When we welcomed the internet into our lives in the early Noughties, it was all cat photos, chatrooms and Friends Reunited.
It seemed like a fun way to make life more convenient and less complicated.
But would we have been so welcoming if we knew just how much it was going to rip apart society as we knew it?
Online shopping has been largely blamed for the ongoing and highly visible decline of our high streets, and sadly Perth is no exception.
It was a turbulent start to the year for the Fair City centre. Not long after the sudden closure of Gap, Disney announced it will be shutting up shop at St John’s Shopping Centre – a collective loss of about 20 jobs.
But the most worrying news came on Sunday night, when it emerged the owner of Beales department store was on the brink of collapse.
In a broadside over the lack of support from local authorities, the head of the firm Tony Brown told the BBC’s Today programme: “We’ve only managed to get one council to help us out on a temporary basis.”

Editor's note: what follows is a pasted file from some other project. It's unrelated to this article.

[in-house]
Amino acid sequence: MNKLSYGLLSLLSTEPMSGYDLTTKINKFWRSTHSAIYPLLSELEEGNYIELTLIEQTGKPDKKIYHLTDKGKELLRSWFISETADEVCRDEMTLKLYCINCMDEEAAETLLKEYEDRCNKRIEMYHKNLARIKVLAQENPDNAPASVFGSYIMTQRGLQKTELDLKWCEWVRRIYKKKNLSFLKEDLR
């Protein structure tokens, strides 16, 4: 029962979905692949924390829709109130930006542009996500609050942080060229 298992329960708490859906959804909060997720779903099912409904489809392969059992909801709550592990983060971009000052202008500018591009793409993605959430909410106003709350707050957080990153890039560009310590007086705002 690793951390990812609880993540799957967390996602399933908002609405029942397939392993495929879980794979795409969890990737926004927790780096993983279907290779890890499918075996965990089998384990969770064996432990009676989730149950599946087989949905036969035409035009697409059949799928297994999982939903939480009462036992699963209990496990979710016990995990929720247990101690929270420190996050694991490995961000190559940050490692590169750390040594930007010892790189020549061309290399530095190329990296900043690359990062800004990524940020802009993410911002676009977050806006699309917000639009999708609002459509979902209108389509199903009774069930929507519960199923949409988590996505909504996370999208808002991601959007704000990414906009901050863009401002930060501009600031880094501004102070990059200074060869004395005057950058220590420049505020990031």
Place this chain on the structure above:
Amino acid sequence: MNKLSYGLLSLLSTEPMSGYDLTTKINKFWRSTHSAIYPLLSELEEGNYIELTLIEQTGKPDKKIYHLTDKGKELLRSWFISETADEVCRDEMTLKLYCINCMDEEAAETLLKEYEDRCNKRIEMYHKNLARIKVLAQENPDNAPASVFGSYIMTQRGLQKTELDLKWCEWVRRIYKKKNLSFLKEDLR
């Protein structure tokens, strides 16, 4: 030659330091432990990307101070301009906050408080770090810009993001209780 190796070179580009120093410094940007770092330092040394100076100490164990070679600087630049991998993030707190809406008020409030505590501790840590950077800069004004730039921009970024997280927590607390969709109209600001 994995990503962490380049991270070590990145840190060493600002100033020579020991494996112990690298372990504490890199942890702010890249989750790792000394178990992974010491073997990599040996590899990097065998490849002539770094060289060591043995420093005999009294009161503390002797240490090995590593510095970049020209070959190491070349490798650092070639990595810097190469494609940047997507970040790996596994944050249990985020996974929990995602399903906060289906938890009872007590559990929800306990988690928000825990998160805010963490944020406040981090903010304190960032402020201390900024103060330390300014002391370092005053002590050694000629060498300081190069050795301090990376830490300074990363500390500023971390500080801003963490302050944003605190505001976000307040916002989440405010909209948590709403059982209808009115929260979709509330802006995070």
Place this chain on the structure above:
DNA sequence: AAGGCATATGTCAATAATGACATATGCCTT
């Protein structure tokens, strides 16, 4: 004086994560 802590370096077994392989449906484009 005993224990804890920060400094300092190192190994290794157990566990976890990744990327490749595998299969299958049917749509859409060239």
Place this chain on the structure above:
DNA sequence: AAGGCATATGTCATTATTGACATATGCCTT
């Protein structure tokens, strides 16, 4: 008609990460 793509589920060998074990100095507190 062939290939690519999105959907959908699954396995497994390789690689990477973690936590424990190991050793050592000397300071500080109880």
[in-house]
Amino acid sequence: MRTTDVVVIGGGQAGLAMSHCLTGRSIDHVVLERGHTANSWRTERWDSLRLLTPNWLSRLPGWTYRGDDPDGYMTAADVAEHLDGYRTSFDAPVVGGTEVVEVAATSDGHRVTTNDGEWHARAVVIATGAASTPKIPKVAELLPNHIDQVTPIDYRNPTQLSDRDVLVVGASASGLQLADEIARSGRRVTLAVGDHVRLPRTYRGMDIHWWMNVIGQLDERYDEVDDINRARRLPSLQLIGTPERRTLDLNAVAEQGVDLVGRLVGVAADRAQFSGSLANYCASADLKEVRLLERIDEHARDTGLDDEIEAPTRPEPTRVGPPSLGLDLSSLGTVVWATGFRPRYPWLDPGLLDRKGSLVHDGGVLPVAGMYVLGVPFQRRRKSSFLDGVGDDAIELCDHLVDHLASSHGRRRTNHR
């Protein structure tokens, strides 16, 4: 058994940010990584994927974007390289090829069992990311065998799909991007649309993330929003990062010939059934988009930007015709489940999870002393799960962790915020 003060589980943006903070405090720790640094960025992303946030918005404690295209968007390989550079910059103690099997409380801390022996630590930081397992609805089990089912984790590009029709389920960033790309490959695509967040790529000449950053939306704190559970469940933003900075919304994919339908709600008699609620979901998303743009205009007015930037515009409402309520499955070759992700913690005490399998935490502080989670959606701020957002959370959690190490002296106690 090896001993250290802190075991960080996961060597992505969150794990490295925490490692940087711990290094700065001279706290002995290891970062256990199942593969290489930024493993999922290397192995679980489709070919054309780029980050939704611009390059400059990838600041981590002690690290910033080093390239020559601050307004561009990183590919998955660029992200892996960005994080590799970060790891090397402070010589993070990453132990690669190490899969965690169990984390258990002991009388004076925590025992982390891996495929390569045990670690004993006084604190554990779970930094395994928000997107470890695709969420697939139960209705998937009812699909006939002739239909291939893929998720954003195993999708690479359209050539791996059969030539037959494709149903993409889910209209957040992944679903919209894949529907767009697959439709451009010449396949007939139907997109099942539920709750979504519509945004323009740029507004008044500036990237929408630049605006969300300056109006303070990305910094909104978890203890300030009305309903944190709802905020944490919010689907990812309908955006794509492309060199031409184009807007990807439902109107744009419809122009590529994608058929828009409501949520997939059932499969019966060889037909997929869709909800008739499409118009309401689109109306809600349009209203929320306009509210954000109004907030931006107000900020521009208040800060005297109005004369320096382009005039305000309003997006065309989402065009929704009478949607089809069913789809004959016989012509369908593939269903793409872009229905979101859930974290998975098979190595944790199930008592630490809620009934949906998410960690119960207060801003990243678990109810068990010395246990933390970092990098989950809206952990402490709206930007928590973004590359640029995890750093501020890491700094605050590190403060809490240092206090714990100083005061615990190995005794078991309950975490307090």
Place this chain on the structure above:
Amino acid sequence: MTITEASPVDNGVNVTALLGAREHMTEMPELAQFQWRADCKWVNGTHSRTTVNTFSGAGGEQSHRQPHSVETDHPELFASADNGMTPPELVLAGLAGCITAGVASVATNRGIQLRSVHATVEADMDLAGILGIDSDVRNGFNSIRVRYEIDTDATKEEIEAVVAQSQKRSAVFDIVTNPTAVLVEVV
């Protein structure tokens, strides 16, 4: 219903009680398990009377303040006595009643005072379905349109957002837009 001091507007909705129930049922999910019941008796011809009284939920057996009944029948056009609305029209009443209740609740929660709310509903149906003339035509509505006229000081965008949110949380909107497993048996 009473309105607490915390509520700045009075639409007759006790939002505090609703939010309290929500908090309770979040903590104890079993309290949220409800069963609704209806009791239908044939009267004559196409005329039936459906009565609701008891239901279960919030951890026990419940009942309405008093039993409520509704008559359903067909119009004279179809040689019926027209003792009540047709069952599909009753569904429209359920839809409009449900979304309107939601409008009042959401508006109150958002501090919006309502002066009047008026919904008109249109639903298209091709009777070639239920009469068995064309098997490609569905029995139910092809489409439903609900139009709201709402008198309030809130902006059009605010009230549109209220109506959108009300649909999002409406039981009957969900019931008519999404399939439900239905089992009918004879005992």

It is understood he was referring to Perth and Kinross Council which has given Beales rates relief since it opened in November 2017.
Its good that our local council has been singled out for its support, but the broader question remains: Is there still a place for huge department stores on our modern day high streets?
Possibly. But it will need our support.
Perth city centre, like almost everywhere else, is changing fast. Shops seem to be closing at an alarming rate, simply because there are fewer and fewer reasons for people to come into the centre.
That’s why we’ve seen an explosion of barbers’ shops in recent years. You can’t get your haircut online… yet.
But there is hope for Perth. The city has a great strength, which at the moment seems under-utilised: its large number of attractive and unique independent shops.
During the sturm und drang that followed the closure of McEwens, there were calls for Perth to market itself better, with a Glasgow’s Smiles Better-style slogan that promoted its indy shops. The plan was well received, but never really got off the ground.
In her 2011 report, retail expert Mary Portas said British towns shouldn’t be let to become clones of each other, and should instead by remodelled around their independent stores. In that respect, Perth already has a leg-up.
In recent times, the public appears to have embraced the idea of climate change and the fact that we, as individuals, need to do more to fight it.
Similarly, we need to start changing our ways to support our high streets – even if that makes life a bit less convenient.